Browsing Food Programme by Subject "Adhesion"
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Exposure of Bifidobacterium longum subsp. infantis to Milk Oligosaccharides Increases Adhesion to Epithelial Cells and Induces a Substantial Transcriptional ResponseIn this study, we tested the hypothesis that milk oligosaccharides may contribute not only to selective growth of bifidobacteria, but also to their specific adhesive ability. Human milk oligosaccharides (3′sialyllactose and 6′sialyllactose) and a commercial prebiotic (Beneo Orafti P95; oligofructose) were assayed for their ability to promote adhesion of Bifidobacterium longum subsp. infantis ATCC 15697 to HT-29 and Caco-2 human intestinal cells. Treatment with the commercial prebiotic or 3′sialyllactose did not enhance adhesion. However, treatment with 6′sialyllactose resulted in increased adhesion (4.7 fold), while treatment with a mixture of 3′- and 6′-sialyllactose substantially increased adhesion (9.8 fold) to HT-29 intestinal cells. Microarray analyses were subsequently employed to investigate the transcriptional response of B. longum subsp. infantis to the different oligosaccharide treatments. This data correlated strongly with the observed changes in adhesion to HT-29 cells. The combination of 3′- and 6′-sialyllactose resulted in the greatest response at the genetic level (both in diversity and magnitude) followed by 6′sialyllactose, and 3′sialyllactose alone. The microarray data was further validated by means of real-time PCR. The current findings suggest that the increased adherence phenotype of Bifidobacterium longum subsp. infantis resulting from exposure to milk oligosaccharides is multi-faceted, involving transcription factors, chaperone proteins, adhesion-related proteins, and a glycoside hydrolase. This study gives additional insight into the role of milk oligosaccharides within the human intestine and the molecular mechanisms underpinning host-microbe interactions.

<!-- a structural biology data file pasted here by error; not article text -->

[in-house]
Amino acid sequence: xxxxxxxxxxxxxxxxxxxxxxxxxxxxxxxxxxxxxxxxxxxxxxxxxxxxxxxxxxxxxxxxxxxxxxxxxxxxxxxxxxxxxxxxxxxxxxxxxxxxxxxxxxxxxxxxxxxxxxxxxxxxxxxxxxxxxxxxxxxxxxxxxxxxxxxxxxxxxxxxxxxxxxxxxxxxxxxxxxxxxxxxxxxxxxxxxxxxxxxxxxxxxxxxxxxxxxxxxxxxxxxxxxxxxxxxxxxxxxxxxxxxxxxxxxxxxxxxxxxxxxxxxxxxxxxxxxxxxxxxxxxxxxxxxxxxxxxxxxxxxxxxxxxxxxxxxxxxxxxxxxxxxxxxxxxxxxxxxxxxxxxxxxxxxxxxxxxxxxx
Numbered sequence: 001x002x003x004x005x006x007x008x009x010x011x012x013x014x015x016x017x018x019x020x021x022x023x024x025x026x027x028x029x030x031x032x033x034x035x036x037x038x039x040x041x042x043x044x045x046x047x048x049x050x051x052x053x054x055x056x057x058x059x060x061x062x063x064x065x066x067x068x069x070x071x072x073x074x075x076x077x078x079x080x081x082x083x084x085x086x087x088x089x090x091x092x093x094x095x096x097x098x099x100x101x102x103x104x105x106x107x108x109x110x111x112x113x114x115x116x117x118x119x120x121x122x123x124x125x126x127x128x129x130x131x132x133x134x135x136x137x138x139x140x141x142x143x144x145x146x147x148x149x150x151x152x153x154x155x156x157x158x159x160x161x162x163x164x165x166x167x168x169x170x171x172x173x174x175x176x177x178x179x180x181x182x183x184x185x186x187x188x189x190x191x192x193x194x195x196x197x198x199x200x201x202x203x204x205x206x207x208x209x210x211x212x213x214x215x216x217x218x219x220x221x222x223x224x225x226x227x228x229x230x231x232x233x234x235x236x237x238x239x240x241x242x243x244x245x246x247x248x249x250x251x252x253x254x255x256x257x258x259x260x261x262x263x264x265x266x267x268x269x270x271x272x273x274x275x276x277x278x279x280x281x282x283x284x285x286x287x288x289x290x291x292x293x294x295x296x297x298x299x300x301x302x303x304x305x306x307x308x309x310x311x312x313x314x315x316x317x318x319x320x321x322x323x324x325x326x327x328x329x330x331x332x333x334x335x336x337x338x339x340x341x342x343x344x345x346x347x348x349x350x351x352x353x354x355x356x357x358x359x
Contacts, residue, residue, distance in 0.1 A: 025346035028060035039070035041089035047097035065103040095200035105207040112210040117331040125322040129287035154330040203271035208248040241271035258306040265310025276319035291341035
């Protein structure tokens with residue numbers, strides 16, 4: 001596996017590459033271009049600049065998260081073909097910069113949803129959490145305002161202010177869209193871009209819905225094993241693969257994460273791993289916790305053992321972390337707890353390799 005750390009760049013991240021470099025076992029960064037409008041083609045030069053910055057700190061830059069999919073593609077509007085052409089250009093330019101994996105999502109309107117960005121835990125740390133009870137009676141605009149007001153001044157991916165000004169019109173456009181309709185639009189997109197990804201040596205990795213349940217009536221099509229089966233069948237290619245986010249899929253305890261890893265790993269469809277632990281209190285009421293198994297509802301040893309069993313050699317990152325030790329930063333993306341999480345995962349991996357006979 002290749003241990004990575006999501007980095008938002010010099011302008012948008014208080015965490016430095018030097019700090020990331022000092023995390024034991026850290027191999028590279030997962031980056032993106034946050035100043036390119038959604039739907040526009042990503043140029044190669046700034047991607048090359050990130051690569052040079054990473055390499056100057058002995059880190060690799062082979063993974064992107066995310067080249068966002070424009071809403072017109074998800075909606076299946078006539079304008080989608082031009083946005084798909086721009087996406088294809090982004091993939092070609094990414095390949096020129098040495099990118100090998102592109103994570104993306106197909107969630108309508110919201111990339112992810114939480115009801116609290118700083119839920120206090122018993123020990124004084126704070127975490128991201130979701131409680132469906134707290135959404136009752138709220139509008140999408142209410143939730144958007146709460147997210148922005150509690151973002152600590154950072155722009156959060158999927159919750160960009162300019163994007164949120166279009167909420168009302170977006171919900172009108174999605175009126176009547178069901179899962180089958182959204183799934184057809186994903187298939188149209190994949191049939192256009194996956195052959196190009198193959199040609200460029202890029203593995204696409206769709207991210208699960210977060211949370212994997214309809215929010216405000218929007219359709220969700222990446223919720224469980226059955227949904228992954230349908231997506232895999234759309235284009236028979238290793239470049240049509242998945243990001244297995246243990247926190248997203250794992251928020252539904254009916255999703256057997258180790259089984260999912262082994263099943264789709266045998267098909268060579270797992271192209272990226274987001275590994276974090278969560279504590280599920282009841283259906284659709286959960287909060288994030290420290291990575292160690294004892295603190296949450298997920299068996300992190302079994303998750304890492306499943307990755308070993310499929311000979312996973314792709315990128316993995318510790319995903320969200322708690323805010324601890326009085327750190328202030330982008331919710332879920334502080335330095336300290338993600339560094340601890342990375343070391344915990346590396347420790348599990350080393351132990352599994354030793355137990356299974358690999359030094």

Immunoglobulin G from bovine milk primes intestinal epithelial cells for increased colonization of bifidobacteriaA bovine colostrum fraction (BCF) was recently shown to enhance the adherence of several commensal organisms to intestinal epithelial cells through modulating the epithelial cell surface. In this study, the main components of the BCF were examined to investigate the active component/s responsible for driving the changes in the intestinal cells. The adherence of various bifdobacteria to HT-29 cells was increased when the intestinal cells were pre-incubated with immunoglobulin G (IgG). Modulation of the intestinal cells by IgG was concentration dependent with 16 mg/ mL IgG resulting in a 43-fold increase in the adhesion of Bifdobacterium longum NCIMB 8809 to HT-29 cells. Periodate treatment of colostral IgG prior to performing the colonization studies resulted in a reduction in the adhesion of the strain to the intestinal cells demonstrating that the glycans of IgG may be important in modulating the intestinal cells for enhanced commensal adhesion. IgG isolated from mature milk also resulted in signifcant increases in adhesion of the Bifdobacterium strains tested albeit at reduced levels (3.9-fold). The impact of IgG on the HT-29 cells was also visualised via scanning electron microscopy. This study builds a strong case for the inclusion of IgG ingredients sourced from cow’s milk in functional foods aimed at increasing numbers of health promoting bacteria in the human gut.